His program became the first of a particular type of cyber attack called “distributed denial of service,” in which large numbers of internet-connected devices, including computers, webcams and other smart gadgets, are told to send lots of traffic to one particular address, overloading it with so much activity that either the system shuts down or its network connections are completely blocked.
As the chair of the integrated Indiana University Cybersecurity Program, I can report that these kinds of attacks are increasingly frequent today. In many ways, Morris’s program, known to history as the “Morris worm,” set the stage for the crucial, and potentially devastating, vulnerabilities in what I and others have called the coming “Internet of Everything.”
Unpacking the Morris worm
Worms and viruses are similar, but different in one key way: A virus needs an external command, from a user or a hacker, to run its program. A worm, by contrast, hits the ground running all on its own. For example, even if you never open your email program, a worm that gets onto your computer might email a copy of itself to everyone in your address book.
In an era when few people were concerned about malicious software and nobody had protective software installed, the Morris worm spread quickly. It took 72 hours for researchers at Purdue and Berkeley to halt the worm. In that time, it infected tens of thousands of systems – about 10 percent of the computers then on the internet. Cleaning up the infection cost hundreds or thousands of dollars for each affected machine.
In the clamor of media attention about this first event of its kind, confusion was rampant. Some reporters even asked whether people could catch the computer infection. Sadly, many journalists as a whole haven’t gotten much more knowledgeable on the topic in the intervening decades.
Morris wasn’t trying to destroy the internet, but the worm’s widespread effects resulted in him being prosecuted under the then-new Computer Fraud and Abuse Act. He was sentenced to three years of probation and a roughly US$10,000 fine. In the late 1990s, though, he became a dot-com millionaire – and is now a professor at MIT.
The internet remains subject to much more frequent – and more crippling – DDoS attacks. With more than 20 billion devices of all types, from refrigerators and cars to fitness trackers, connected to the internet, and millions more being connected weekly, the number of security flaws and vulnerabilities is exploding.
In October 2016, a DDoS attack using thousands of hijacked webcams – often used for security or baby monitors – shut down access to a number of important internet services along the eastern U.S. seaboard. That event was the culmination of a series of increasingly damaging attacks using a botnet, or a network of compromised devices, which was controlled by software called Mirai. Today’s internet is much larger, but not much more secure, than the internet of 1988.
Some things have actually gotten worse. Figuring out who is behind particular attacks is not as easy as waiting for that person to get worried and send out apology notes and warnings, as Morris did in 1988. In some cases – the ones big enough to merit full investigations – it’s possible to identify the culprits. A trio of college students was ultimately found to have created Mirai to gain advantages when playing the “Minecraft” computer game.
Fighting DDoS attacks
But technological tools are not enough, and neither are laws and regulations about online activity – including the law under which Morris was charged. The dozens of state and federal cybercrime statutes on the books have not yet seemed to reduce the overall number or severity of attacks, in part because of the global nature of the problem.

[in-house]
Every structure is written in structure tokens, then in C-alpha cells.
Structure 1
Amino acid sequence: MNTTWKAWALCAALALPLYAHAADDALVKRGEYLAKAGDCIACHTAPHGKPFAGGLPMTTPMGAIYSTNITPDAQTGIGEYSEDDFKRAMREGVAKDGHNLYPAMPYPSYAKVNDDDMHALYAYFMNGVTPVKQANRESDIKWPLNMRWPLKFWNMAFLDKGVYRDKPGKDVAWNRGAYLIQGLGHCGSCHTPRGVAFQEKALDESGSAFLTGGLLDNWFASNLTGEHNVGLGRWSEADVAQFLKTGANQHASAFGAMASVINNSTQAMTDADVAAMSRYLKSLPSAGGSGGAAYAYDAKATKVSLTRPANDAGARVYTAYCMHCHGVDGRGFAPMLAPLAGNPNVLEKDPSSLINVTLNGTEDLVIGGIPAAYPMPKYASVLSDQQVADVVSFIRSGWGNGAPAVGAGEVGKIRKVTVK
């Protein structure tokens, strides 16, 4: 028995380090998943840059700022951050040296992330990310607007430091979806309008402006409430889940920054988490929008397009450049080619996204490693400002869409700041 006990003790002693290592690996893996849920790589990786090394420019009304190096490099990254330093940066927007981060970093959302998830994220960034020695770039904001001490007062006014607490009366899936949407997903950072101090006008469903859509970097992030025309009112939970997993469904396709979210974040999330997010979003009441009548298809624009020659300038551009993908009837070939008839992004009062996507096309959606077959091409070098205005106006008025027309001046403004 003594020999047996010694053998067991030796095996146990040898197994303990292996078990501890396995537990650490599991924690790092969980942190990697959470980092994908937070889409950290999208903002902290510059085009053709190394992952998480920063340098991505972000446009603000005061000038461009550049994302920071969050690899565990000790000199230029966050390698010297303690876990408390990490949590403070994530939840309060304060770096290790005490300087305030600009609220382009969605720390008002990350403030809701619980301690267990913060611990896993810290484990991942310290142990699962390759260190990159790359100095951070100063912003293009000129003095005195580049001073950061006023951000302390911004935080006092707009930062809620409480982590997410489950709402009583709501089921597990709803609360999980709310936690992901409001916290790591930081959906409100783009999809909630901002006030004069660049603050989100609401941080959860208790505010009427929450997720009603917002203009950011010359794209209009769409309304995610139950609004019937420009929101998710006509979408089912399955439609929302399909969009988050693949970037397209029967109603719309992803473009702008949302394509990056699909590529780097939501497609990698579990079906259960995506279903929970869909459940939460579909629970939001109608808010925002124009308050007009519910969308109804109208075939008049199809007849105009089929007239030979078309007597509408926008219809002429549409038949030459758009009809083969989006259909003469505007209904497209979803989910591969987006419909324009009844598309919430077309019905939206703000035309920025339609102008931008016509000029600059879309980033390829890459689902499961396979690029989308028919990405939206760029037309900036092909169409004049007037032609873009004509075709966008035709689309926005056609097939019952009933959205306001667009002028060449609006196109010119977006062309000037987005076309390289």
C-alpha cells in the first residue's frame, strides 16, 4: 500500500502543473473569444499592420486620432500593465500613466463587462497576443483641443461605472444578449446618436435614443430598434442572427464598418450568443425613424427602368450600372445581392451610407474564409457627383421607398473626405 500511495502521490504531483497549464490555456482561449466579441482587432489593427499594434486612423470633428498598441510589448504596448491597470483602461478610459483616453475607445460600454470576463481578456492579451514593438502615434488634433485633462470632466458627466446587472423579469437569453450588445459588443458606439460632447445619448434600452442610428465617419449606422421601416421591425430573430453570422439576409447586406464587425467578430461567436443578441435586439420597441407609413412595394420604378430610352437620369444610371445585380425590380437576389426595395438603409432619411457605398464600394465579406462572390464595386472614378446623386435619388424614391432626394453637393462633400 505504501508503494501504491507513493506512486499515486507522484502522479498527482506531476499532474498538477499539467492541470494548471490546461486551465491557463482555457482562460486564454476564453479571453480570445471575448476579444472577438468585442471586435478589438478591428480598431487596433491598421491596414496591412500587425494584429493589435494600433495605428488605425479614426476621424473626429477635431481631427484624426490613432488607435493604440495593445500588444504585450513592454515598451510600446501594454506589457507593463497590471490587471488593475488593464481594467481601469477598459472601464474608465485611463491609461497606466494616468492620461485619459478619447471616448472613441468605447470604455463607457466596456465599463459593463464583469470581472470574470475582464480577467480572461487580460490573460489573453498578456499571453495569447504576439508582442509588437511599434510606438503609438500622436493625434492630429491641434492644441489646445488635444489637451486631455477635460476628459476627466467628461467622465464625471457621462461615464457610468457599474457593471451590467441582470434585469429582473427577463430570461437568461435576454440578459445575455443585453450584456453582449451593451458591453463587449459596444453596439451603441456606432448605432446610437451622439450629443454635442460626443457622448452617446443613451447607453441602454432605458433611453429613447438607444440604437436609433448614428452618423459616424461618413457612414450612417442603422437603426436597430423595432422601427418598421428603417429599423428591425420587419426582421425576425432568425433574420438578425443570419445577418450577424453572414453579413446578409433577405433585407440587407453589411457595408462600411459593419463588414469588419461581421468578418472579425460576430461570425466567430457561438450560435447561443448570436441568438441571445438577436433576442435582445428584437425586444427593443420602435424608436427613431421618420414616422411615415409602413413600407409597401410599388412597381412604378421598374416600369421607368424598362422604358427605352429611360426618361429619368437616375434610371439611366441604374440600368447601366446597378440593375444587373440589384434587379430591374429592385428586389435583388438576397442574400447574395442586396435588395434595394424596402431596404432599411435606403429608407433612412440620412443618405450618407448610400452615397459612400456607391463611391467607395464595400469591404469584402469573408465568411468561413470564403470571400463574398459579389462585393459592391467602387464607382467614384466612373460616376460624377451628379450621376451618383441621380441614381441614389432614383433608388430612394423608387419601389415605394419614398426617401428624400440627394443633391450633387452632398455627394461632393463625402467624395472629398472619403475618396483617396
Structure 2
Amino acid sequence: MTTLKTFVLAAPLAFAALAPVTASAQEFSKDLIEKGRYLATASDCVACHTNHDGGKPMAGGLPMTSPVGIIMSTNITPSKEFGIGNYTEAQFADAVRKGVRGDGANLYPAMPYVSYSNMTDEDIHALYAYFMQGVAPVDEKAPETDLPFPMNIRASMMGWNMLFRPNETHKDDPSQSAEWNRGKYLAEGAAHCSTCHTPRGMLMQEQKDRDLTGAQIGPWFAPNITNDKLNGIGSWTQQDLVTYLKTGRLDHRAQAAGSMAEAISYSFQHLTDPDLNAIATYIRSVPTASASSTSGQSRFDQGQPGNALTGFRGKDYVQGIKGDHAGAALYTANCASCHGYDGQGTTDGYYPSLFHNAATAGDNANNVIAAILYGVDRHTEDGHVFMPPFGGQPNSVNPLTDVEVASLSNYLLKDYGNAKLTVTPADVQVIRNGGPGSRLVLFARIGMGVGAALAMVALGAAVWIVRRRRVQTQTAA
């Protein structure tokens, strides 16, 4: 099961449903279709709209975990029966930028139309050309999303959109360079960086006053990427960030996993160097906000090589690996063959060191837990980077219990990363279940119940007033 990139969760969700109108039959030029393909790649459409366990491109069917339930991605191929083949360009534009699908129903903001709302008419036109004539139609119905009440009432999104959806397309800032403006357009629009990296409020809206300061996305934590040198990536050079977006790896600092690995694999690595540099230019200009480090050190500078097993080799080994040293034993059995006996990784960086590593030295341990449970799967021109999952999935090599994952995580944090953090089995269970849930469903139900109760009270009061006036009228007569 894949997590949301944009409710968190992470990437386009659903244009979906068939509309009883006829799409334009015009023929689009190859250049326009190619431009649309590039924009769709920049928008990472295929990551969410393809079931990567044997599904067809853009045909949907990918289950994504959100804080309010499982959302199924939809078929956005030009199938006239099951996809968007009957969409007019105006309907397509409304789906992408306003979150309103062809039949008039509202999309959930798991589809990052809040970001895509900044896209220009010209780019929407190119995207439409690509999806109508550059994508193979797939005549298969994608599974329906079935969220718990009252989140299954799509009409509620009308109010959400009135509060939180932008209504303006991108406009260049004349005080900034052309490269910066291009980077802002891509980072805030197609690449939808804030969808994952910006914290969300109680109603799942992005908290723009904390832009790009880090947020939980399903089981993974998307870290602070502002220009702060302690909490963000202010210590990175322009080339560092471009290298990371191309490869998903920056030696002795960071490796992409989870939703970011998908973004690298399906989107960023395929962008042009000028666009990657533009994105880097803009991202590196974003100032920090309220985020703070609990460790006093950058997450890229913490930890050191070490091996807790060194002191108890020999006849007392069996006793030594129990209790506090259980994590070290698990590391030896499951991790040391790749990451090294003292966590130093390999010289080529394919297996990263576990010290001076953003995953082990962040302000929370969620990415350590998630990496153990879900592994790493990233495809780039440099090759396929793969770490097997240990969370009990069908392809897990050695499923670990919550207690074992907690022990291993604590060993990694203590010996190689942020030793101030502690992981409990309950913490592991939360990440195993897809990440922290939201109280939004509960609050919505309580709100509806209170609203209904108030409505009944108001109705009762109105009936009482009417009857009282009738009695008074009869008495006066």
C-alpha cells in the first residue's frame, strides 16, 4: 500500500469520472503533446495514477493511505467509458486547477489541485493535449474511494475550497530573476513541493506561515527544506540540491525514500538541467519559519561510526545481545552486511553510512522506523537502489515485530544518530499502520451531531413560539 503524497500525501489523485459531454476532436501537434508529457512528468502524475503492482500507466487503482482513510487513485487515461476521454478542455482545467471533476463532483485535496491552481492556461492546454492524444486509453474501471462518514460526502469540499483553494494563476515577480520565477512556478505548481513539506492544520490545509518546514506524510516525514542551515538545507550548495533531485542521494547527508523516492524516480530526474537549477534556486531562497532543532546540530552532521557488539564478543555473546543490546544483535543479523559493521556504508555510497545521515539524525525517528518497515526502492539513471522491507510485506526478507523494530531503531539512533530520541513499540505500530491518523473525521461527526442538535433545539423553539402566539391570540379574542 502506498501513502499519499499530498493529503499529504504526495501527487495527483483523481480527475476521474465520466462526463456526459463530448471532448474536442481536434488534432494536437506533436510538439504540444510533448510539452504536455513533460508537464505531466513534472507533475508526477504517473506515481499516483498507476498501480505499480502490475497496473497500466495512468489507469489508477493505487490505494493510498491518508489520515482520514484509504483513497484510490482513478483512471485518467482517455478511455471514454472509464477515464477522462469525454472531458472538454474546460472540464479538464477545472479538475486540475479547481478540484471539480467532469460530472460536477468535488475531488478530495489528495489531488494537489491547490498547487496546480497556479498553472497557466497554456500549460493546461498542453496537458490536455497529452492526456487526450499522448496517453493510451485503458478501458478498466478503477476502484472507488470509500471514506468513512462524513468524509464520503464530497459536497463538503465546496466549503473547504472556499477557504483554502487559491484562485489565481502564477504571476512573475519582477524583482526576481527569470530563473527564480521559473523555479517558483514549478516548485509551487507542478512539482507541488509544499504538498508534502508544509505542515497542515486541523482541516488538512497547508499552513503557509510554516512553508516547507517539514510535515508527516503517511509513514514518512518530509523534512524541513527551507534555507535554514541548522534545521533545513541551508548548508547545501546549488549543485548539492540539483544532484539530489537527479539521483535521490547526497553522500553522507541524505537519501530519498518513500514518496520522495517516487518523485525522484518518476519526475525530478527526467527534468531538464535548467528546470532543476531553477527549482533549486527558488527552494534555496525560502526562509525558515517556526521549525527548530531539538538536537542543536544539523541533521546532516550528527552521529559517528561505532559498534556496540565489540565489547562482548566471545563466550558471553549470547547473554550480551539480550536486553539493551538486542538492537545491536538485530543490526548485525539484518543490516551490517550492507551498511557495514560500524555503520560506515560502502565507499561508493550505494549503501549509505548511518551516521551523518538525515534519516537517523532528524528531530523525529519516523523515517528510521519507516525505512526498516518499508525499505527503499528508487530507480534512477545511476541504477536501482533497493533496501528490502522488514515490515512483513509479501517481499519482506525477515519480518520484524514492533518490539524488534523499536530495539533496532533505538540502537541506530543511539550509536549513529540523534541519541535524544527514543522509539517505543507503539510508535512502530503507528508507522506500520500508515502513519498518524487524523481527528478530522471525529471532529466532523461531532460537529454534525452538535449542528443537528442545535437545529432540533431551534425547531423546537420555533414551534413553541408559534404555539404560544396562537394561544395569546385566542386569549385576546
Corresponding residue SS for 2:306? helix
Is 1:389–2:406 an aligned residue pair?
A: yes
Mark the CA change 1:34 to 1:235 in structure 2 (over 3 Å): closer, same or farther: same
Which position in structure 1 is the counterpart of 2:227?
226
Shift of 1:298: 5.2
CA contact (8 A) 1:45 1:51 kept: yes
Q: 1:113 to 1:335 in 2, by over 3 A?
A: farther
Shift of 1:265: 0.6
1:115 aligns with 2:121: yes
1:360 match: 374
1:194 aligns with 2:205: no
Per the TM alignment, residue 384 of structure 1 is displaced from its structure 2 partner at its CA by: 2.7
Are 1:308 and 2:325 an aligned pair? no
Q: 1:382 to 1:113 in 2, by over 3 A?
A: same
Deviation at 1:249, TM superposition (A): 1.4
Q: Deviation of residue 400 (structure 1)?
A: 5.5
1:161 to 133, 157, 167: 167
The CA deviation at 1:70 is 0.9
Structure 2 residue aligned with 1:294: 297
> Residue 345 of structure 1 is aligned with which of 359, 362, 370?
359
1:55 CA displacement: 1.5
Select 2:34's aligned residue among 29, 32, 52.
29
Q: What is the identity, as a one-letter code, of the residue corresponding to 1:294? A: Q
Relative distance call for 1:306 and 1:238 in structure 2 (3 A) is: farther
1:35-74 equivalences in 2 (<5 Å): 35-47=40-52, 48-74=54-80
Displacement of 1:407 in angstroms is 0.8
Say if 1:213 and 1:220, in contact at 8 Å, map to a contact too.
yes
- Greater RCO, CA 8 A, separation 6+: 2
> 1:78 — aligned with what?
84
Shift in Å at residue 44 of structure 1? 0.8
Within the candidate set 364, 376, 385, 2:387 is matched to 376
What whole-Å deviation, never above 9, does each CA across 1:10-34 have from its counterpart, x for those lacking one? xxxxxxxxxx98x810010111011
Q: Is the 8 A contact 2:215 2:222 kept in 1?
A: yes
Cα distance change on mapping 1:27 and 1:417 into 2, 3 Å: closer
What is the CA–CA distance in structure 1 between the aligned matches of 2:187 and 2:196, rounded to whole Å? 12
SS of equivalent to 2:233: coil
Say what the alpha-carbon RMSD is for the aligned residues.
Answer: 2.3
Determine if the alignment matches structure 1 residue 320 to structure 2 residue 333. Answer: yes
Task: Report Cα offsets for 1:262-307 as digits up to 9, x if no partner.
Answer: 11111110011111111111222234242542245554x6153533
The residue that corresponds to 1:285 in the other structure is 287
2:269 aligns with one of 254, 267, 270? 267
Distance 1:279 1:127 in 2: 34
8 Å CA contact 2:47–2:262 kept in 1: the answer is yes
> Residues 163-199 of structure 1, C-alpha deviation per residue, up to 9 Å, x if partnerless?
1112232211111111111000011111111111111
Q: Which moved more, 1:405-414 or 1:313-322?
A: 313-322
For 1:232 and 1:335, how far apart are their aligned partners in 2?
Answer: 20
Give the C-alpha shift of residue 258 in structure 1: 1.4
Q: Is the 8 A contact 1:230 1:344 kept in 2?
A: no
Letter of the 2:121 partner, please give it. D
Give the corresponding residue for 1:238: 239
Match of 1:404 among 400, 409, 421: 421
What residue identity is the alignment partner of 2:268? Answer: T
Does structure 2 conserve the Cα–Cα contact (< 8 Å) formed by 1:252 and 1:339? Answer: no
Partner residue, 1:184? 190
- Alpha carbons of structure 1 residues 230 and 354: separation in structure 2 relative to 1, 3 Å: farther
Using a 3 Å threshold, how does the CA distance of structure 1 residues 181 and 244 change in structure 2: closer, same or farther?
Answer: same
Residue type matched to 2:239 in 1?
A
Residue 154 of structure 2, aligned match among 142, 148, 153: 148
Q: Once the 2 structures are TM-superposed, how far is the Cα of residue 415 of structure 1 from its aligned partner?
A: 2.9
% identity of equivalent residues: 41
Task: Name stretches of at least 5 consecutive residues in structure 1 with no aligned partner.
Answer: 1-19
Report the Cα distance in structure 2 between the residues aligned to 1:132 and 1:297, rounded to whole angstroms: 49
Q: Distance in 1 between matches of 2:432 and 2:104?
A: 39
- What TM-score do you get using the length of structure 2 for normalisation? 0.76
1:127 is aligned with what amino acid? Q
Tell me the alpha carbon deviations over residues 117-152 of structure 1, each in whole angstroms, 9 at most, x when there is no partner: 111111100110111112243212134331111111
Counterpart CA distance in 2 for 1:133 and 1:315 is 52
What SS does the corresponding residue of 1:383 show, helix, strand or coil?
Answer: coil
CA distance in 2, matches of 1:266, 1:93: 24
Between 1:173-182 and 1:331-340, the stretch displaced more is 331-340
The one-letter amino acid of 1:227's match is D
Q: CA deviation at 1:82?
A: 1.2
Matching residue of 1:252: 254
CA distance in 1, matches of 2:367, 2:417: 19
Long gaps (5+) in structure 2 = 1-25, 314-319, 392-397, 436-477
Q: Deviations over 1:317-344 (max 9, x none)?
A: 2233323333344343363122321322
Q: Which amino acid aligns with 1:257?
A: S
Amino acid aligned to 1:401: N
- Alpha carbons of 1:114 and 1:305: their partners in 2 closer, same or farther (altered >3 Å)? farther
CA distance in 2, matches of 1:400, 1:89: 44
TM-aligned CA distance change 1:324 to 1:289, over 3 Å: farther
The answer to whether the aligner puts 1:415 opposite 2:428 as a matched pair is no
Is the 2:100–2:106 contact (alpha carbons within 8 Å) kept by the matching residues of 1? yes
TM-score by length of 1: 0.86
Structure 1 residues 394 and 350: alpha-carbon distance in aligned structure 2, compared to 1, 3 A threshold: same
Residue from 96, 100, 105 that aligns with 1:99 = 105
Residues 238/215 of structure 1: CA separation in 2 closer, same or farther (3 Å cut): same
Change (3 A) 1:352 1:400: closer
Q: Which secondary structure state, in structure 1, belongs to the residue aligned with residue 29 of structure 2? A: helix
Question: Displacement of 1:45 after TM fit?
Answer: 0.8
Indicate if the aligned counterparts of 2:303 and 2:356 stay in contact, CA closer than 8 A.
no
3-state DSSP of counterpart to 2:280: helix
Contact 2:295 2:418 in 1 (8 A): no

There are some efforts underway in Congress to allow attack victims in some cases to engage in active defense measures – a notion that comes with a number of downsides, including the risk of escalation – and to require better security for internet-connected devices. But passage is far from assured.
There is cause for hope, though. In the wake of the Morris worm, Carnegie Mellon University established the world’s first Cyber Emergency Response Team, which has been replicated in the federal government and around the world. Some policymakers are talking about establishing a national cybersecurity safety board, to investigate digital weaknesses and issue recommendations, much as the National Transportation Safety Board does with airplane disasters.
More organizations are also taking preventative action, adopting best practices in cybersecurity as they build their systems, rather than waiting for a problem to happen and trying to clean up afterward. If more organizations considered cybersecurity as an important element of corporate social responsibility, they – and their staff, customers and business partners – would be safer.
In “3001: The Final Odyssey,” science fiction author Arthur C. Clarke envisioned a future where humanity sealed the worst of its weapons in a vault on the moon – which included room for the most malignant computer viruses ever created. Before the next iteration of the Morris worm or Mirai does untold damage to the modern information society, it is up to everyone – governments, companies and individuals alike – to set up rules and programs that support widespread cybersecurity, without waiting another 30 years.
Jon Richfield, logged in via Facebook: These things have been worrying me for years; I am old enough to remember the Morris worm, though I did not suffer its consequences personally.
But I do remember worrying how vulnerable our reliance on the Internet and how sloppily it is used, leave major nations in war. I desperately hope that the US and other major notionally free nations have some sort of fall-back scheme in case of such a disaster, because it seems inconceivable that any major opponent would be too ignorant or incompetent to prepare such options for a Pearl Harbour attack on a smugly vulnerable nation.
Hoping is not likely to be enough.
And look at what the Frump is doing about it; elaborately thinning out the ranks of US allies with economic bullying and pointless insult, to the extent that hangers-on are seeking economic independence from the US, and cooperation with erstwhile enemies. China and Russia for example even held joint military exercises, and they are pursuing lines of development of products that currently they get largely from the US. If anyone presses the wrong button, the US Internet is likely to become the first casualty in the armed forces and the country’s economic security.
What an opportunity for the coalmines though; no one would bother to waste any effort on them! We will be able to rely on coal-fueled jets, navy, and tanks again. But where will we get our buggy whips for our land transport?